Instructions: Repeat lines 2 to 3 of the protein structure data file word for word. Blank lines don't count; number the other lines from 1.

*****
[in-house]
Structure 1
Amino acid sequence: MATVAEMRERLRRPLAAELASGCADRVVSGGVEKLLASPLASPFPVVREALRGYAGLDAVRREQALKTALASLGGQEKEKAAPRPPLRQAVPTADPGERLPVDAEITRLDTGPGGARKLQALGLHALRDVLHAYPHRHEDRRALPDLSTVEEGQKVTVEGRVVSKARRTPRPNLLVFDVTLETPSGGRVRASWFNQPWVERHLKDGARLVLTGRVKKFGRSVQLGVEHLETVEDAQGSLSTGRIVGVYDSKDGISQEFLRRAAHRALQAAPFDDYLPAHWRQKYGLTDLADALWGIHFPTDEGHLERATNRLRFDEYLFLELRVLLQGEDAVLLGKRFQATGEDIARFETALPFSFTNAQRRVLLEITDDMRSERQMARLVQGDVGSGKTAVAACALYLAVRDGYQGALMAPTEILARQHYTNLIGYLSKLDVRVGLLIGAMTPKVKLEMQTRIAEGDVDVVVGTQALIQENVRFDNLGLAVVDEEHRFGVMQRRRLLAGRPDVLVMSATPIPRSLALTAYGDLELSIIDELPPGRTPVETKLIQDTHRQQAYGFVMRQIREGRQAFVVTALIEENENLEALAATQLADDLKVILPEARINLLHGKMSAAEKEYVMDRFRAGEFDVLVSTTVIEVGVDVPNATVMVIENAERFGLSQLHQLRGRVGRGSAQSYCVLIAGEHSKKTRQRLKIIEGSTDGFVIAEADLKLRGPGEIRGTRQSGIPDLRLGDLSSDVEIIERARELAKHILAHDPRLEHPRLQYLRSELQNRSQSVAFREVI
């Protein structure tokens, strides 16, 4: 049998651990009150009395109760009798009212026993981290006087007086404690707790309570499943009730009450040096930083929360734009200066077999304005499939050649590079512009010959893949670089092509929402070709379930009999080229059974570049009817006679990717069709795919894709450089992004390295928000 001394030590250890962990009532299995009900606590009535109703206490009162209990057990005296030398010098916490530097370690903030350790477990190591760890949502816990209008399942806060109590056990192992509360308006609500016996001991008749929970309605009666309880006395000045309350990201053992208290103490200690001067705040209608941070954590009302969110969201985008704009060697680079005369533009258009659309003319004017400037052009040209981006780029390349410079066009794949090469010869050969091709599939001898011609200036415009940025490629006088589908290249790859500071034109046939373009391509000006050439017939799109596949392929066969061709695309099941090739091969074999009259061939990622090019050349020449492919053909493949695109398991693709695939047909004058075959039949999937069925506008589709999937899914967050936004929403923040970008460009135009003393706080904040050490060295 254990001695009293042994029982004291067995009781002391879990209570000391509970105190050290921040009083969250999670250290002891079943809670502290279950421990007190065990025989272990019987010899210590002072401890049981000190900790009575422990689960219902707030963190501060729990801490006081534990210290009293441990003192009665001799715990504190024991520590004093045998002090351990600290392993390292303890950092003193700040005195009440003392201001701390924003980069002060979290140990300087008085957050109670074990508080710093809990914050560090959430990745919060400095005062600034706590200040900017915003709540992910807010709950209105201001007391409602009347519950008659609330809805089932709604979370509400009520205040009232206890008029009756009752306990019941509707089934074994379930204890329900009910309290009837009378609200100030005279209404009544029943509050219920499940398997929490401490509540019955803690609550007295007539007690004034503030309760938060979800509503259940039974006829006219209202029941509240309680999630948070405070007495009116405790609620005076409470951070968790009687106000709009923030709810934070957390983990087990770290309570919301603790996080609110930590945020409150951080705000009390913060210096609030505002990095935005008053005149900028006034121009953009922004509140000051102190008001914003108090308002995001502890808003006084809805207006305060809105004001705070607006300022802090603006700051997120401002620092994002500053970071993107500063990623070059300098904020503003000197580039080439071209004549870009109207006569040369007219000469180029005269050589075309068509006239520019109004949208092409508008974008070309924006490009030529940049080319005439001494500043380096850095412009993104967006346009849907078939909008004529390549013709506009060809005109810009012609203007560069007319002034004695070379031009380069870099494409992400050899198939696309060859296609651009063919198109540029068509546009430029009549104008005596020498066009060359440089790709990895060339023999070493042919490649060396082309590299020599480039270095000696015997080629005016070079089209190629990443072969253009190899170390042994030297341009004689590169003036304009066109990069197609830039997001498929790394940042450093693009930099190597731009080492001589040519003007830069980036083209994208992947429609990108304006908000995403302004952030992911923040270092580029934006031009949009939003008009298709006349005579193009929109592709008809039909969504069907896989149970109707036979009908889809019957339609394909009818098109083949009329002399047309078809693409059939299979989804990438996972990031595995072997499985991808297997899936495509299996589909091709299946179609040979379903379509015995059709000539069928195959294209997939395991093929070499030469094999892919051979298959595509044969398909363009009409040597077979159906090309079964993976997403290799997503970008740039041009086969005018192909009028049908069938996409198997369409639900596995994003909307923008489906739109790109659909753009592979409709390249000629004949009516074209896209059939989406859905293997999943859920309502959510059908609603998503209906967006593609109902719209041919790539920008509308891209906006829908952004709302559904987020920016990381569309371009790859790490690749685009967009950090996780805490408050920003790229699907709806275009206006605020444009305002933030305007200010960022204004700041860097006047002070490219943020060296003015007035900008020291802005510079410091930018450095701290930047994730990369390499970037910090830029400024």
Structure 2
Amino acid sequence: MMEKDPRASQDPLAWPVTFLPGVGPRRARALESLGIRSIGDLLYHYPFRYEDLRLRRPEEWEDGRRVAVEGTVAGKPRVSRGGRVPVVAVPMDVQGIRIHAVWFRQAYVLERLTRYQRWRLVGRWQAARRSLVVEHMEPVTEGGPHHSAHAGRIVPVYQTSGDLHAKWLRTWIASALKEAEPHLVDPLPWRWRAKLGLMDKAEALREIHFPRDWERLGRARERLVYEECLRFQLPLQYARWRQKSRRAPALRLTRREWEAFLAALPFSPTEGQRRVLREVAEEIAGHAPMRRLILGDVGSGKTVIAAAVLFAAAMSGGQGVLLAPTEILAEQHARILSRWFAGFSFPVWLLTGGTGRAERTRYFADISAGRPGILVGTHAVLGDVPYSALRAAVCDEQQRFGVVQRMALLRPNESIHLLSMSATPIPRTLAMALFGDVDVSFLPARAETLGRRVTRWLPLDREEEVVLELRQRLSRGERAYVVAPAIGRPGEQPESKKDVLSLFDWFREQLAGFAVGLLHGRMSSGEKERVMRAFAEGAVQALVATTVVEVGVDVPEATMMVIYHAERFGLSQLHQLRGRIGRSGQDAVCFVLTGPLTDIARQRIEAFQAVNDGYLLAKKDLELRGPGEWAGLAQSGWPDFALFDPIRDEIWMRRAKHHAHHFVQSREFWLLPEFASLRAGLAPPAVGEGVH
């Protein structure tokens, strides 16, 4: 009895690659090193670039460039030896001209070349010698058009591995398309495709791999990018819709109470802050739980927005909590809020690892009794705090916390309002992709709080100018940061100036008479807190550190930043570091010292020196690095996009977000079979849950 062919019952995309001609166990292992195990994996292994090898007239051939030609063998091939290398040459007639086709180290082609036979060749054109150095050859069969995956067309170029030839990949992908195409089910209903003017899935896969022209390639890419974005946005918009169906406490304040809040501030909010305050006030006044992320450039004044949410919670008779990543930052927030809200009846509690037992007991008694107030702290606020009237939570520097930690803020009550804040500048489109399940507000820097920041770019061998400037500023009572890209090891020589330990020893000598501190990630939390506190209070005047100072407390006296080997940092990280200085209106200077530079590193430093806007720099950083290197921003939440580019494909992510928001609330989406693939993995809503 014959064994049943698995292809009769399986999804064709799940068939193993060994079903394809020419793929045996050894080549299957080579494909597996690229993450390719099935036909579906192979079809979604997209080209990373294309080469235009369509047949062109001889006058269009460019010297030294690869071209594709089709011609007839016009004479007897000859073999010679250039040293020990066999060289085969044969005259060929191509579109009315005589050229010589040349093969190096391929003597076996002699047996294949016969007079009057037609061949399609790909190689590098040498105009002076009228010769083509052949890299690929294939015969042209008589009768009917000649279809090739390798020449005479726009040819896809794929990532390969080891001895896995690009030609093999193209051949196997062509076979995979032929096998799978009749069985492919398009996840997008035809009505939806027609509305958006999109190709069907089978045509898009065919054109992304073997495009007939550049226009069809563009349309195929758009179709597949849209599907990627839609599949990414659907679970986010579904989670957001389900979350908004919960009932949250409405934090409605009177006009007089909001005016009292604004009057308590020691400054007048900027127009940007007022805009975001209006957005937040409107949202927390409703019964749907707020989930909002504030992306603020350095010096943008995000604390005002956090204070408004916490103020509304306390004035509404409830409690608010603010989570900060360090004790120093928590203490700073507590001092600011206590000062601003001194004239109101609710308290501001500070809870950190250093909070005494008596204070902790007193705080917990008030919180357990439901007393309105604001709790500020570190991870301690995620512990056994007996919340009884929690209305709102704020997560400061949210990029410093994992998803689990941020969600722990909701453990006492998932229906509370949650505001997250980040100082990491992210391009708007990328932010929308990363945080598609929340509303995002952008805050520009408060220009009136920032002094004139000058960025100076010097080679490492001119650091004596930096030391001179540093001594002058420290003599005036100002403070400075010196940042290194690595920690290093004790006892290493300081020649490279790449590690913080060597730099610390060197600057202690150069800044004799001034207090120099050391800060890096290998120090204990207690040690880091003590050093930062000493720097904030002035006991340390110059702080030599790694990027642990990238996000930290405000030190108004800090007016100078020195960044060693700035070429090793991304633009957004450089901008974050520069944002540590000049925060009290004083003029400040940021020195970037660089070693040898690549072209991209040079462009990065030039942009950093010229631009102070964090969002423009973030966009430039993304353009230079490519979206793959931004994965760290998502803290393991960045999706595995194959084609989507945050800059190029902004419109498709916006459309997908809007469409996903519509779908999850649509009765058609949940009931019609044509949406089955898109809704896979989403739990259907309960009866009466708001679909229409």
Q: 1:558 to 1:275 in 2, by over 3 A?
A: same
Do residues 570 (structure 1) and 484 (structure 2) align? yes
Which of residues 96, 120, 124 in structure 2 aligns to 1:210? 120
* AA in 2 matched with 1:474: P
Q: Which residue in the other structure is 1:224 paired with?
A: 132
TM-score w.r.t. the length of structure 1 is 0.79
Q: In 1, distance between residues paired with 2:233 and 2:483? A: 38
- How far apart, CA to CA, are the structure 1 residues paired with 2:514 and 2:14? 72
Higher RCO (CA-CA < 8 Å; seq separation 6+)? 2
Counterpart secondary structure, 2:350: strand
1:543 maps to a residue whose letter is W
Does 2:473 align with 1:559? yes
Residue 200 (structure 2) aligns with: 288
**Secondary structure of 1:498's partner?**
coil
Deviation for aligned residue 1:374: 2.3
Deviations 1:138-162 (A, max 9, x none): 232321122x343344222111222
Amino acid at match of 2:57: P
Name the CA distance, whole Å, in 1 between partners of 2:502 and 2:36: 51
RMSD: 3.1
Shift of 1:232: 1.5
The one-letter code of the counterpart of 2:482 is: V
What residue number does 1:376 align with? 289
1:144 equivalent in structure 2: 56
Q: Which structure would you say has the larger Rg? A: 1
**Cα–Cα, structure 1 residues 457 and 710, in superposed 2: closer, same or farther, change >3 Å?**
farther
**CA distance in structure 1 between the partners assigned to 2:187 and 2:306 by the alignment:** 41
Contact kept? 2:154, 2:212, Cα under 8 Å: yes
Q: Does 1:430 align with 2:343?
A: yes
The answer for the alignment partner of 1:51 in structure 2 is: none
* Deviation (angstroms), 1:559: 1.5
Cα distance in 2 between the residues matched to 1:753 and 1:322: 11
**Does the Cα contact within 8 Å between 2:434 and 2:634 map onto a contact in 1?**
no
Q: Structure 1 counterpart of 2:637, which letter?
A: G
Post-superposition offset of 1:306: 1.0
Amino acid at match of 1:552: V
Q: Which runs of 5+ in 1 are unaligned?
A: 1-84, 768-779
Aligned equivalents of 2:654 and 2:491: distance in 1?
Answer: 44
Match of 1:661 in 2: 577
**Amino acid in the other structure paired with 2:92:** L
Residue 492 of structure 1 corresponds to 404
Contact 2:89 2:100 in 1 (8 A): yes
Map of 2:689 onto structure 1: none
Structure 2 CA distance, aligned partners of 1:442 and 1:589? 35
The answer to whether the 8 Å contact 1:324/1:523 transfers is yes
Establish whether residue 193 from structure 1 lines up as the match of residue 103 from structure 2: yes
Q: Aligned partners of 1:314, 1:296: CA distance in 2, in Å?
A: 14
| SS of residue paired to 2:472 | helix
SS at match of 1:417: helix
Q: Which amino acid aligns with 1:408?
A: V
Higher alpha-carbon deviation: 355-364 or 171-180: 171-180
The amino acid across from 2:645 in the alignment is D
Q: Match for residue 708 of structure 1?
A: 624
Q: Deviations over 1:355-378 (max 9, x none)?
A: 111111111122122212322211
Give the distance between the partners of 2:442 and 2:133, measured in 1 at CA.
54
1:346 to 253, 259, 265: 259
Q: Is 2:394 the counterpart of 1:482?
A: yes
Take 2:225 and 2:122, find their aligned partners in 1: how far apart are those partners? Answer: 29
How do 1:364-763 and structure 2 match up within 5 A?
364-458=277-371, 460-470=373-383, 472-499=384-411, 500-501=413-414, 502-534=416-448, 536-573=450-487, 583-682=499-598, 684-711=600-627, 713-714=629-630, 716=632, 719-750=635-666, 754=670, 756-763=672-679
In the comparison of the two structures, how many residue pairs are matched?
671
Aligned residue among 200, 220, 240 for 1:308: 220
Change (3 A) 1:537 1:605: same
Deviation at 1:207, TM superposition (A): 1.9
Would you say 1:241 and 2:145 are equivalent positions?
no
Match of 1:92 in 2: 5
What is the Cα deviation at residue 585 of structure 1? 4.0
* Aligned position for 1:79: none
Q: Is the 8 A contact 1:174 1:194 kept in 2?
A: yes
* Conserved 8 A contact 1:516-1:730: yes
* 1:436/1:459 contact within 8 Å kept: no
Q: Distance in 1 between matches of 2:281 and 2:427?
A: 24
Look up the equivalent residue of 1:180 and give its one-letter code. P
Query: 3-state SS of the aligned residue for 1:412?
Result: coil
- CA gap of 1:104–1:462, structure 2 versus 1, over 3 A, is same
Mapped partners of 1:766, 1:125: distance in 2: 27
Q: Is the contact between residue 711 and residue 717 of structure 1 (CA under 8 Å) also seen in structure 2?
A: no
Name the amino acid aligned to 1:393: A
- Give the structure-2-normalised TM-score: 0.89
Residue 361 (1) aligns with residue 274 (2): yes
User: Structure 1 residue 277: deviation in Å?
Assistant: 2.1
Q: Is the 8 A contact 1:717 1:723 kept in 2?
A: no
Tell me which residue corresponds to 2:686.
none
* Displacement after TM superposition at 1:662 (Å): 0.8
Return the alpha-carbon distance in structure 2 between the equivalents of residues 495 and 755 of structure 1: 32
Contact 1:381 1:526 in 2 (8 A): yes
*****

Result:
Structure 1
Amino acid sequence: MATVAEMRERLRRPLAAELASGCADRVVSGGVEKLLASPLASPFPVVREALRGYAGLDAVRREQALKTALASLGGQEKEKAAPRPPLRQAVPTADPGERLPVDAEITRLDTGPGGARKLQALGLHALRDVLHAYPHRHEDRRALPDLSTVEEGQKVTVEGRVVSKARRTPRPNLLVFDVTLETPSGGRVRASWFNQPWVERHLKDGARLVLTGRVKKFGRSVQLGVEHLETVEDAQGSLSTGRIVGVYDSKDGISQEFLRRAAHRALQAAPFDDYLPAHWRQKYGLTDLADALWGIHFPTDEGHLERATNRLRFDEYLFLELRVLLQGEDAVLLGKRFQATGEDIARFETALPFSFTNAQRRVLLEITDDMRSERQMARLVQGDVGSGKTAVAACALYLAVRDGYQGALMAPTEILARQHYTNLIGYLSKLDVRVGLLIGAMTPKVKLEMQTRIAEGDVDVVVGTQALIQENVRFDNLGLAVVDEEHRFGVMQRRRLLAGRPDVLVMSATPIPRSLALTAYGDLELSIIDELPPGRTPVETKLIQDTHRQQAYGFVMRQIREGRQAFVVTALIEENENLEALAATQLADDLKVILPEARINLLHGKMSAAEKEYVMDRFRAGEFDVLVSTTVIEVGVDVPNATVMVIENAERFGLSQLHQLRGRVGRGSAQSYCVLIAGEHSKKTRQRLKIIEGSTDGFVIAEADLKLRGPGEIRGTRQSGIPDLRLGDLSSDVEIIERARELAKHILAHDPRLEHPRLQYLRSELQNRSQSVAFREVI